I've never once been hit on when I was a playing a male character, but on many games while playing a female I have been asked for a "real life description" or a photo or a private email or a phone number or a chance to meet in person. Often I am given a phone number or a website in order that I may contact the young man or even the young woman. Sometimes the young man stops asking when I tell him I'm not interested although they often persist. This has the result of me avoiding the game so I can avoid them. Almost universally the women have responded politely and could remain gaming buddies without having to have a real life friendship or relationship.
Obviously people make real life friendships via an initial Internet contact. We certainly hear about the strange ones often enough on the television or radio ("Couple Marries Online and Have Never Met in Person!" or "Woman Killed By Internet Lover at Her Request!"). Real life friends also choose a game together and play together. My brother and I have often played the same ORPG over the years since it's nice to have someone else around to help your character; my husband and I have spent endless hours playing ORPGs together and having fun while doing so.
The problem happens when the unknown person starts to push the limit, try your patience, or just make the game frustrating to play. Recently, I logged onto one very tiny, very new ORPG. My idea was that I would be reviewing the game: it was a new code base for me that sounded reasonable and interesting. I thought it might be fun. The other three characters online when I logged on were the administrators. All of them insisted on either showing off by moving my character around the game world to see things (ack!), giving me bizarre gifts like see-through armor, or even asking me to "mud marry" them.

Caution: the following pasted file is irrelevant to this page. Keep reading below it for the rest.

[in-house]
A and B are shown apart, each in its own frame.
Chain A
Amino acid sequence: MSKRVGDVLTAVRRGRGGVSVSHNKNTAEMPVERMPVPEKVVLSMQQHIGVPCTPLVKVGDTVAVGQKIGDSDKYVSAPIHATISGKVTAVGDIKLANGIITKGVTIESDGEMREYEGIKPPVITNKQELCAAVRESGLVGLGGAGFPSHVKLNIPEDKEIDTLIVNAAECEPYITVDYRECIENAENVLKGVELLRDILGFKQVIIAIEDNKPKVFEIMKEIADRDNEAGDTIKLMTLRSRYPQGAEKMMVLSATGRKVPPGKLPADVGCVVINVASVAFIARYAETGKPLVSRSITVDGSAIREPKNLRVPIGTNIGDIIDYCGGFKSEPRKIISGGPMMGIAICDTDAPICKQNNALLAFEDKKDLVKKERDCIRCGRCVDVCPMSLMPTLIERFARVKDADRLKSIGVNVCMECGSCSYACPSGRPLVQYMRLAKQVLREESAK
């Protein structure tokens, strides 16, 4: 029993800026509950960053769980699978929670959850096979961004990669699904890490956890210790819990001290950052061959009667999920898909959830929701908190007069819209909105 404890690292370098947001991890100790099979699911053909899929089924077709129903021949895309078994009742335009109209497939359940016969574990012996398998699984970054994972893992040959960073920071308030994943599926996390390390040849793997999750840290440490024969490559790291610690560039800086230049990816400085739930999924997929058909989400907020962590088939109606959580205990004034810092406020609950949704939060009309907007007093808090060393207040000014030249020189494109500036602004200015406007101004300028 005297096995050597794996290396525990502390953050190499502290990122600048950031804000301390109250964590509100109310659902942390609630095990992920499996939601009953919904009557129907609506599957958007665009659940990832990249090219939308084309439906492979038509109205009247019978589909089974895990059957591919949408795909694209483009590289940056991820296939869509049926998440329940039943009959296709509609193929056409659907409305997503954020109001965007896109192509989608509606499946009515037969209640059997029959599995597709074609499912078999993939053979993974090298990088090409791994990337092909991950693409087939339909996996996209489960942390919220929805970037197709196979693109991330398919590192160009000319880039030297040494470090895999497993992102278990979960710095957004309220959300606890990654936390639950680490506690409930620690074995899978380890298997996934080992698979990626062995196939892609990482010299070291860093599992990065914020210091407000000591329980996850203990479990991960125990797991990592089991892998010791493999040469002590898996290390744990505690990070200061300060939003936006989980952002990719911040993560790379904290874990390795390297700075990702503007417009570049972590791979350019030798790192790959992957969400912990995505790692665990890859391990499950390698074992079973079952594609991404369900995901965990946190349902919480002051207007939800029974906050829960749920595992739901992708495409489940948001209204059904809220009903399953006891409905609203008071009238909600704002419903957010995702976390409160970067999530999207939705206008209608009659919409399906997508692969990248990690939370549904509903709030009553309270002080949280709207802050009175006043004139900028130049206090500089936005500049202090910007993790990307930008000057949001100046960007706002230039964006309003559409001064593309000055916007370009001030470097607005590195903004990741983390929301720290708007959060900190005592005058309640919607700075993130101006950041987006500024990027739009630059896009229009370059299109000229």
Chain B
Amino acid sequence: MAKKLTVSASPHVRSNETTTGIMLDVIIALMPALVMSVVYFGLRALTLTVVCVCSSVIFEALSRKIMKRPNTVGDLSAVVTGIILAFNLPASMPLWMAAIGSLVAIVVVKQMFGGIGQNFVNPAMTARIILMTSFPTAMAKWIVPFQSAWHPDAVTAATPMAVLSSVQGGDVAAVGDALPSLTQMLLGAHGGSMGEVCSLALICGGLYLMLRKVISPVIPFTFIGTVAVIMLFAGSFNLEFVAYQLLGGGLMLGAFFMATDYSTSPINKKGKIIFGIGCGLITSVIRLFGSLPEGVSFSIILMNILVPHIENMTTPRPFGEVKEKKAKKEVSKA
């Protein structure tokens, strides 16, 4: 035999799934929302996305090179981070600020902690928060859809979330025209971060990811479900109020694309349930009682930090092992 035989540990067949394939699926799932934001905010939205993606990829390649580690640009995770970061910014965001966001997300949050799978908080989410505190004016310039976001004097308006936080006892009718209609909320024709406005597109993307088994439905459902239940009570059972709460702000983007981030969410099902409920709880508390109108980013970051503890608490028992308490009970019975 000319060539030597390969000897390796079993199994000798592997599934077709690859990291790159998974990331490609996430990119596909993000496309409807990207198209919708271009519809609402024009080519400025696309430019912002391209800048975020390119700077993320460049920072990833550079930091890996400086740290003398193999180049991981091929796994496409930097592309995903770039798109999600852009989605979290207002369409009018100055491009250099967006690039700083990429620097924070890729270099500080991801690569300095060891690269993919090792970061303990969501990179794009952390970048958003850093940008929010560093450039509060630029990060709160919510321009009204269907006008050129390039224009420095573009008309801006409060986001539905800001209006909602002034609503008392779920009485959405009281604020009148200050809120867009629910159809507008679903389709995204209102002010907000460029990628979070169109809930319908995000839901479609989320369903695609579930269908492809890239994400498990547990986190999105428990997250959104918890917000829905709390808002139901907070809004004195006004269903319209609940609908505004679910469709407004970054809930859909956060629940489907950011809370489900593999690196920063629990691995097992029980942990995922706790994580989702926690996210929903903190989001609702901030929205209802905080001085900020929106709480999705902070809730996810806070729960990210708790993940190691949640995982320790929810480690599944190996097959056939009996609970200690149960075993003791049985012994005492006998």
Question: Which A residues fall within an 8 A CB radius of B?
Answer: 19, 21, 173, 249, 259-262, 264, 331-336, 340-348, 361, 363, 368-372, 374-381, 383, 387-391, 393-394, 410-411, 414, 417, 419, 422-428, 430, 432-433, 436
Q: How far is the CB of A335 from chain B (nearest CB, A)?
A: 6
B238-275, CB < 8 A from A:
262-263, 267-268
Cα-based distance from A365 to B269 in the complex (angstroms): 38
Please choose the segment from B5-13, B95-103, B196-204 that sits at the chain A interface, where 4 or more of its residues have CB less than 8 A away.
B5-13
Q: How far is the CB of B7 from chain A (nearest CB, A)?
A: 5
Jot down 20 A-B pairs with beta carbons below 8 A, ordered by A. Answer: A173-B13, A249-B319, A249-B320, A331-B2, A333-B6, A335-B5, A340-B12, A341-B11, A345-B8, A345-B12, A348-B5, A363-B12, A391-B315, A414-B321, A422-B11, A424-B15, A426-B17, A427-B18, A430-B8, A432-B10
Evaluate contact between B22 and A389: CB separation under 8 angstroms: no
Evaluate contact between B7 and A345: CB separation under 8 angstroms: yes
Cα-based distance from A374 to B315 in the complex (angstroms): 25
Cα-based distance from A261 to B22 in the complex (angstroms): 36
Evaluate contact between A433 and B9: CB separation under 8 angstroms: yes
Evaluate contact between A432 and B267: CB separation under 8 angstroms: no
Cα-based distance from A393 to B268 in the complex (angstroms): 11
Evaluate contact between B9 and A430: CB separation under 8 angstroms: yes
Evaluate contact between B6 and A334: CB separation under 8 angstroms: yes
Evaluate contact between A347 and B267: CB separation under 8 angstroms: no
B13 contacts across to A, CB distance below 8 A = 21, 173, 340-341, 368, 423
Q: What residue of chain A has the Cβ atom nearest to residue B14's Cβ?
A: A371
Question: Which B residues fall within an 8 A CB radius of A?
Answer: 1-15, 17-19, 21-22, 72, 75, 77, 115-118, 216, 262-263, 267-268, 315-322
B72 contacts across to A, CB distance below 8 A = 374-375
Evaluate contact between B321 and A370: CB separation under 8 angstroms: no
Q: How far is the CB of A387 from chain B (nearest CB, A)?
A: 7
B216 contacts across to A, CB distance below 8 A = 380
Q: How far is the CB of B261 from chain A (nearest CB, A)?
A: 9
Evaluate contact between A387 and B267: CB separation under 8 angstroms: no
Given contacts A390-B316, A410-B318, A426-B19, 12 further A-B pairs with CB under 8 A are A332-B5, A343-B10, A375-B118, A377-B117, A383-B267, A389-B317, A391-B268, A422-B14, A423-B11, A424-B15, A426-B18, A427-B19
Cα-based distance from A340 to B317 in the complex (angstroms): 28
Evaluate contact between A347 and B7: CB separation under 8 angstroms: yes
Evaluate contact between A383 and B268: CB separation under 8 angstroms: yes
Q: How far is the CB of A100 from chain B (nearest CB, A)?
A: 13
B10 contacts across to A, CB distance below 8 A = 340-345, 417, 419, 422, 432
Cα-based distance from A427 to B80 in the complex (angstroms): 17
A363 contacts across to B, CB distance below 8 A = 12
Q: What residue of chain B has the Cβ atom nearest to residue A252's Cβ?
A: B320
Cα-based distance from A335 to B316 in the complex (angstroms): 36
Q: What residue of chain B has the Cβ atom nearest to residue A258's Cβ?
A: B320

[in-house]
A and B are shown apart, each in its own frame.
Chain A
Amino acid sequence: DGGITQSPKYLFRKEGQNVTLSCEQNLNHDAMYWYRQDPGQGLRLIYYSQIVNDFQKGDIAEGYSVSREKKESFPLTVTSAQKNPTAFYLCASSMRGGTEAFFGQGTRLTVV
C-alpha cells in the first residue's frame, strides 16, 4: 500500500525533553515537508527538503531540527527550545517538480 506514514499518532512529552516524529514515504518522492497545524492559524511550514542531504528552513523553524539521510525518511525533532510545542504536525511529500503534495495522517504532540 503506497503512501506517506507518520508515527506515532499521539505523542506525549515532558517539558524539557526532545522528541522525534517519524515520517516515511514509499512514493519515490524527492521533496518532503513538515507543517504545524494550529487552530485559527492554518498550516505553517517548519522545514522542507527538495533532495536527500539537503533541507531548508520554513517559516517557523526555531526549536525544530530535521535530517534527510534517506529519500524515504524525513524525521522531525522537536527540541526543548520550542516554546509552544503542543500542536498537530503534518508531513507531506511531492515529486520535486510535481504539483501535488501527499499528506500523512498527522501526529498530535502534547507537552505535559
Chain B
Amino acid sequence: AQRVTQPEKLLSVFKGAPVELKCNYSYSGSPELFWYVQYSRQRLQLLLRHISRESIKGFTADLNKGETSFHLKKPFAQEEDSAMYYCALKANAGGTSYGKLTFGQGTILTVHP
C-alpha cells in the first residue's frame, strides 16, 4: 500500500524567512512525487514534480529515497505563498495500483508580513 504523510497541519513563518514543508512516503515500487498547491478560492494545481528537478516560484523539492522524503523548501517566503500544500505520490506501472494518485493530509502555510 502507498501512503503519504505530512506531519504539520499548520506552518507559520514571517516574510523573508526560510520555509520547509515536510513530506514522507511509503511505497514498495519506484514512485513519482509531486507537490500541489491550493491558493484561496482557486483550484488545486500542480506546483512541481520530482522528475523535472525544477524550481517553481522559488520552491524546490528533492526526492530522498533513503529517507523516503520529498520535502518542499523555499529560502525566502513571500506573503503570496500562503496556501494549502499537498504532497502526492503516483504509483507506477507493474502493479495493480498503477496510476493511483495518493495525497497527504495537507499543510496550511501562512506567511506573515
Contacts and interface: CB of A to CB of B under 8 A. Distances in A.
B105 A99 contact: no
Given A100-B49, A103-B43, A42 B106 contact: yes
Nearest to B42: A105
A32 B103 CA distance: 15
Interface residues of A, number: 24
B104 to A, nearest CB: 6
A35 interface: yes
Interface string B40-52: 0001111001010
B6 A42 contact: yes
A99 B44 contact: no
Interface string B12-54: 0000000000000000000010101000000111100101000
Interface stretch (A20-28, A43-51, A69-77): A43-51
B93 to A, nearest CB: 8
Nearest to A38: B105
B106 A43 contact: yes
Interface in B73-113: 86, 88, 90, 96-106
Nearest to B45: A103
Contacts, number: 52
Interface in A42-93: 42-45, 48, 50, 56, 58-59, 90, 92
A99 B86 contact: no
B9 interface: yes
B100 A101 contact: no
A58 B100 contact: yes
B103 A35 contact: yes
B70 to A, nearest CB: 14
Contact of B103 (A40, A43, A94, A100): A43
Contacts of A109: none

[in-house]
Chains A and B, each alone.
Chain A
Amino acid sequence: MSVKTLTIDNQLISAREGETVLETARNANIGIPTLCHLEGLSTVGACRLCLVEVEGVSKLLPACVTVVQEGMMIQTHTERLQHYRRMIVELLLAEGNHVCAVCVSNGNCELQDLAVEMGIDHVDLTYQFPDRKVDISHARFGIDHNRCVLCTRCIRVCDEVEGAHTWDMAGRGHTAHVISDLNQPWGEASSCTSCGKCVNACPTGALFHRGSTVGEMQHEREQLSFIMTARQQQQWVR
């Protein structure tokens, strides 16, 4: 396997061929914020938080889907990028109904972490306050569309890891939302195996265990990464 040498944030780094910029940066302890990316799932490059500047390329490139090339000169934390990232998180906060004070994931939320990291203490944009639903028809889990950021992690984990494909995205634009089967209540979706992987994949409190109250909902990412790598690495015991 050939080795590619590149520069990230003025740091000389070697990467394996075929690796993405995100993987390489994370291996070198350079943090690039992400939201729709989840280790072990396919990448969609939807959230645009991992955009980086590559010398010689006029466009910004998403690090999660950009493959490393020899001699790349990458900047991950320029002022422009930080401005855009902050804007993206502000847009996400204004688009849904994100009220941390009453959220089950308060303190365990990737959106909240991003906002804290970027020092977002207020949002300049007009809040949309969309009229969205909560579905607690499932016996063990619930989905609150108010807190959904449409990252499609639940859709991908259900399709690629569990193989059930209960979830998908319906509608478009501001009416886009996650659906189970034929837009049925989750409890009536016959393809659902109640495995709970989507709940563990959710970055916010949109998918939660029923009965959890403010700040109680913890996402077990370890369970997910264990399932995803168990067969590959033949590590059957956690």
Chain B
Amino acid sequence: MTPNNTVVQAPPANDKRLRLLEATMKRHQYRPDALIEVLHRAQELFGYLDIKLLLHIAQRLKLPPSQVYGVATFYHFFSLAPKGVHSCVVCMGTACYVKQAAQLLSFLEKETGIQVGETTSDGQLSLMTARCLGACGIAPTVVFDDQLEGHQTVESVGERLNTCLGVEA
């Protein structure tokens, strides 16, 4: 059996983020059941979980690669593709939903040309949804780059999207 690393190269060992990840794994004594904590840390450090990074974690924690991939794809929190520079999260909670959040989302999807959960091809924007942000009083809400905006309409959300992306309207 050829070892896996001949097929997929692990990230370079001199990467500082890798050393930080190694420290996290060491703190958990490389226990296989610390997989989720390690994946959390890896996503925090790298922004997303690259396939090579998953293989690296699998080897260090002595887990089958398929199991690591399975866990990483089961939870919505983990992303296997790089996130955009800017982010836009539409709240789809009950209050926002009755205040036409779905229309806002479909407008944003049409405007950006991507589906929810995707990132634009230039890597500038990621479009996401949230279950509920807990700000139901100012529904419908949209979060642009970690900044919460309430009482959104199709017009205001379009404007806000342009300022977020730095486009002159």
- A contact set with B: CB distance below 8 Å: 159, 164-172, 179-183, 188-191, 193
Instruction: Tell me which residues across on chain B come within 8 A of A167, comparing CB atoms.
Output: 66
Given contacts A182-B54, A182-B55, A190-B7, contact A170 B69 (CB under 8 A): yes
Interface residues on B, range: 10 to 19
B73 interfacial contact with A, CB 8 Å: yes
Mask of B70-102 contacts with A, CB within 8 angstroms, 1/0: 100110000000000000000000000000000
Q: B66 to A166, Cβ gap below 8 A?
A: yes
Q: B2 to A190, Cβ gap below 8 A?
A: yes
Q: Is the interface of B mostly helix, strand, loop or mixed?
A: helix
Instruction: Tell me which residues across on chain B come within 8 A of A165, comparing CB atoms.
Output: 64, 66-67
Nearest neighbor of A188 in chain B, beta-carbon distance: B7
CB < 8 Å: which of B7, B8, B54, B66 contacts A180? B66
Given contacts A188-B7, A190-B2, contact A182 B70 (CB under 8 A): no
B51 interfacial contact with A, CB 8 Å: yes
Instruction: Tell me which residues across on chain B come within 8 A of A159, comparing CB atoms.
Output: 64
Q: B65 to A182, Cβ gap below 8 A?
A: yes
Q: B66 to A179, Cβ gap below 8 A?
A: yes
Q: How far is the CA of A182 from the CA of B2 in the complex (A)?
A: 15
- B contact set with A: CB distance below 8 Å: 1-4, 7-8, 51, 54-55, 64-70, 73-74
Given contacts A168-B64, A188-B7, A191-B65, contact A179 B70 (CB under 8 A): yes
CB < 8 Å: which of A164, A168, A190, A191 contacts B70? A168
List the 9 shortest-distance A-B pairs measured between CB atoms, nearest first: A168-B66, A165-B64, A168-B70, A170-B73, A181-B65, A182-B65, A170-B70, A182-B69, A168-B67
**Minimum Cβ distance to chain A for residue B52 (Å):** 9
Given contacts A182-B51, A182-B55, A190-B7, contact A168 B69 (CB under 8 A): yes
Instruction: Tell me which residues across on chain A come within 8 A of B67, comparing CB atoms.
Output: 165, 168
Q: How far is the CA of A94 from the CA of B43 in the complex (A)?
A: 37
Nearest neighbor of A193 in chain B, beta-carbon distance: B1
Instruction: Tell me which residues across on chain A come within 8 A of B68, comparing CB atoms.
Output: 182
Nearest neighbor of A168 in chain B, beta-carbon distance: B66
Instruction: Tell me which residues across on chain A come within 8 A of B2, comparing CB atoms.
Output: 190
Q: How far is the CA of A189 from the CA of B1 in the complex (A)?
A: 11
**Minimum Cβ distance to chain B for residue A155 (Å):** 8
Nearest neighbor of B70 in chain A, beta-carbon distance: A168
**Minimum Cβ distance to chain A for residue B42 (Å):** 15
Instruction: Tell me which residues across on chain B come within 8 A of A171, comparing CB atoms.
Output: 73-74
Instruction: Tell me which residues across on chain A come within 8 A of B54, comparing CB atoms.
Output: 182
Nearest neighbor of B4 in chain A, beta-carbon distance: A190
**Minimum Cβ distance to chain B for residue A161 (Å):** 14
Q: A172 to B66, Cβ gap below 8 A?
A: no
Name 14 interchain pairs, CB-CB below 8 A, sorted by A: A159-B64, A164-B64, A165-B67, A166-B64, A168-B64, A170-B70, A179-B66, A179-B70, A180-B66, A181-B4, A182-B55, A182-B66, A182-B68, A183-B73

I had made the mistake of logging on with a female gender, although I wasn't using a cutesy name and hadn't made any contact with them. I was in the middle of the mud school when the process started. After only 20 minutes I had to log off; it was too much to try to explain more than once that I had absolutely no interest in being mud married to the 16 year old admin, didn't want the equipment another admin was giving me, their private emails, or any other advantage that was being offered.
In old paper-and-pencil games it was not uncommon for the players to be of either gender. I've certainly been in gaming groups where all the women were playing male characters due to the nature of the world environment. The men would also play characters of either gender, depending on the campaign world and what was needed to fill the group out.